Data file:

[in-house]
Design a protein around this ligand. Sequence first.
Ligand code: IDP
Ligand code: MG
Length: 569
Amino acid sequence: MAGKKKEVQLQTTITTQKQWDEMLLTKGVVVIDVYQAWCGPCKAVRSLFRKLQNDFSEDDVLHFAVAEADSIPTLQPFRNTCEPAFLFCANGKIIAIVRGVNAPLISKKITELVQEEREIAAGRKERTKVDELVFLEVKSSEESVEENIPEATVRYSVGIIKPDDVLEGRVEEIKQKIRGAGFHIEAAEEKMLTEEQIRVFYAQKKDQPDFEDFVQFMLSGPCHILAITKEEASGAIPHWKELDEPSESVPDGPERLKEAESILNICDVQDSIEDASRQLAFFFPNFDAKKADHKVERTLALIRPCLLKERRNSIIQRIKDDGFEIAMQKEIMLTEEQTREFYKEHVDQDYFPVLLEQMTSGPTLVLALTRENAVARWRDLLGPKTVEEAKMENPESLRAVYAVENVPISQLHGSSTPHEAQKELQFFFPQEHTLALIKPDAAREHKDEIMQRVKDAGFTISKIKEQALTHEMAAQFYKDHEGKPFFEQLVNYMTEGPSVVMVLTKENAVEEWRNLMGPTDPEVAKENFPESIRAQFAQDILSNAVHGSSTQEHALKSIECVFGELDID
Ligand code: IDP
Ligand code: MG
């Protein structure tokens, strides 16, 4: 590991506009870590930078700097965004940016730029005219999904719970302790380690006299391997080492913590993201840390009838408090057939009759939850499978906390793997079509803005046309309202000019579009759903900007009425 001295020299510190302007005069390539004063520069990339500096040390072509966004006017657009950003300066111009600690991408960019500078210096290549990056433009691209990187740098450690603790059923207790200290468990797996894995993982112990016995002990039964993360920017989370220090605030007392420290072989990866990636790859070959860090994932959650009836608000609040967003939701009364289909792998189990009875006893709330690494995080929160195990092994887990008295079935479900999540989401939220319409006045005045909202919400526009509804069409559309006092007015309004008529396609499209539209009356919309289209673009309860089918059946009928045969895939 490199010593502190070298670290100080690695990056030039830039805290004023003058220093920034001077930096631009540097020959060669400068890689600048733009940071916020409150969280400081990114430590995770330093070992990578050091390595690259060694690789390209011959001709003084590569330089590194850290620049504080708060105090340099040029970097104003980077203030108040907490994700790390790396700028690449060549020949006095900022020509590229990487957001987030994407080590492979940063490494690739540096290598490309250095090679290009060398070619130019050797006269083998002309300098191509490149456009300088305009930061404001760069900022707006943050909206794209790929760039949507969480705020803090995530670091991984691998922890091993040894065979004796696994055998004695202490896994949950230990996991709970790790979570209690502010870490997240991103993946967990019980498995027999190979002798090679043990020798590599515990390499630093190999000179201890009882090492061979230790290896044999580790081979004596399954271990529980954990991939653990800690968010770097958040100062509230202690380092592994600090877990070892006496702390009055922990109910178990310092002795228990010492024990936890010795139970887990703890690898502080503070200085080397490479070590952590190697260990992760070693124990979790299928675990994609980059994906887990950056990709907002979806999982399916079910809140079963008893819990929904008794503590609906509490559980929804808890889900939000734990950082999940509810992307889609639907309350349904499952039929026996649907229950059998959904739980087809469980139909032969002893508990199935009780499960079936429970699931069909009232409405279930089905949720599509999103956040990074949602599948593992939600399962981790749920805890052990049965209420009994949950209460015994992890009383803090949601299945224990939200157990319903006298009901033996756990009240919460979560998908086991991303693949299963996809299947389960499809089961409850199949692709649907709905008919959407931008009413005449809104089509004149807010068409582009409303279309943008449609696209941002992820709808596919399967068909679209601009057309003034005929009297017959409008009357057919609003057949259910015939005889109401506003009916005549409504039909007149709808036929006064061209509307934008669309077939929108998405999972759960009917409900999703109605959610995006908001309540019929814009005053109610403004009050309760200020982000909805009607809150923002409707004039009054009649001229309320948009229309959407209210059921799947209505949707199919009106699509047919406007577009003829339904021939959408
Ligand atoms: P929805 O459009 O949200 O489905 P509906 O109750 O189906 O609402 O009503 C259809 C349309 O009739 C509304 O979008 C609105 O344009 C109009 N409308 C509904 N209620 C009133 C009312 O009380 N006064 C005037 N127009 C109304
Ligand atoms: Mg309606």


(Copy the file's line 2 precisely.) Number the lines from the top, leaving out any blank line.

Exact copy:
Design a protein around this ligand. Sequence first.